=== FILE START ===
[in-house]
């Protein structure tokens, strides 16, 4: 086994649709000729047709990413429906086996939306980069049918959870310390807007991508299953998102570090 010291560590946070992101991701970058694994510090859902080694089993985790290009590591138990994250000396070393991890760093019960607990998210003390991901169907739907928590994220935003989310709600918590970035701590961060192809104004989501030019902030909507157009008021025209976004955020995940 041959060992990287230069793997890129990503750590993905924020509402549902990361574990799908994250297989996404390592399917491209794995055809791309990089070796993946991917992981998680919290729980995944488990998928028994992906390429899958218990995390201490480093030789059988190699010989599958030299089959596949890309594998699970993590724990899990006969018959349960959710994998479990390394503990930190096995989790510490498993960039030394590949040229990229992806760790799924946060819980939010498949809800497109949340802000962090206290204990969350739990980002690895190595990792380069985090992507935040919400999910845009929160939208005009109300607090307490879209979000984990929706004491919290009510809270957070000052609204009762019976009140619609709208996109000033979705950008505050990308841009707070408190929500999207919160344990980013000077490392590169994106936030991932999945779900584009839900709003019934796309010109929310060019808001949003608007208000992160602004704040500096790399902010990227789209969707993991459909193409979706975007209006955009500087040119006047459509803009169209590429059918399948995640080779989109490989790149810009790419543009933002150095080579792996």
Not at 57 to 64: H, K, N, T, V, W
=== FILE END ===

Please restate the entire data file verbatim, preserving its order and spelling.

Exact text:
[in-house]
């Protein structure tokens, strides 16, 4: 086994649709000729047709990413429906086996939306980069049918959870310390807007991508299953998102570090 010291560590946070992101991701970058694994510090859902080694089993985790290009590591138990994250000396070393991890760093019960607990998210003390991901169907739907928590994220935003989310709600918590970035701590961060192809104004989501030019902030909507157009008021025209976004955020995940 041959060992990287230069793997890129990503750590993905924020509402549902990361574990799908994250297989996404390592399917491209794995055809791309990089070796993946991917992981998680919290729980995944488990998928028994992906390429899958218990995390201490480093030789059988190699010989599958030299089959596949890309594998699970993590724990899990006969018959349960959710994998479990390394503990930190096995989790510490498993960039030394590949040229990229992806760790799924946060819980939010498949809800497109949340802000962090206290204990969350739990980002690895190595990792380069985090992507935040919400999910845009929160939208005009109300607090307490879209979000984990929706004491919290009510809270957070000052609204009762019976009140619609709208996109000033979705950008505050990308841009707070408190929500999207919160344990980013000077490392590169994106936030991932999945779900584009839900709003019934796309010109929310060019808001949003608007208000992160602004704040500096790399902010990227789209969707993991459909193409979706975007209006955009500087040119006047459509803009169209590429059918399948995640080779989109490989790149810009790419543009933002150095080579792996």
Not at 57 to 64: H, K, N, T, V, W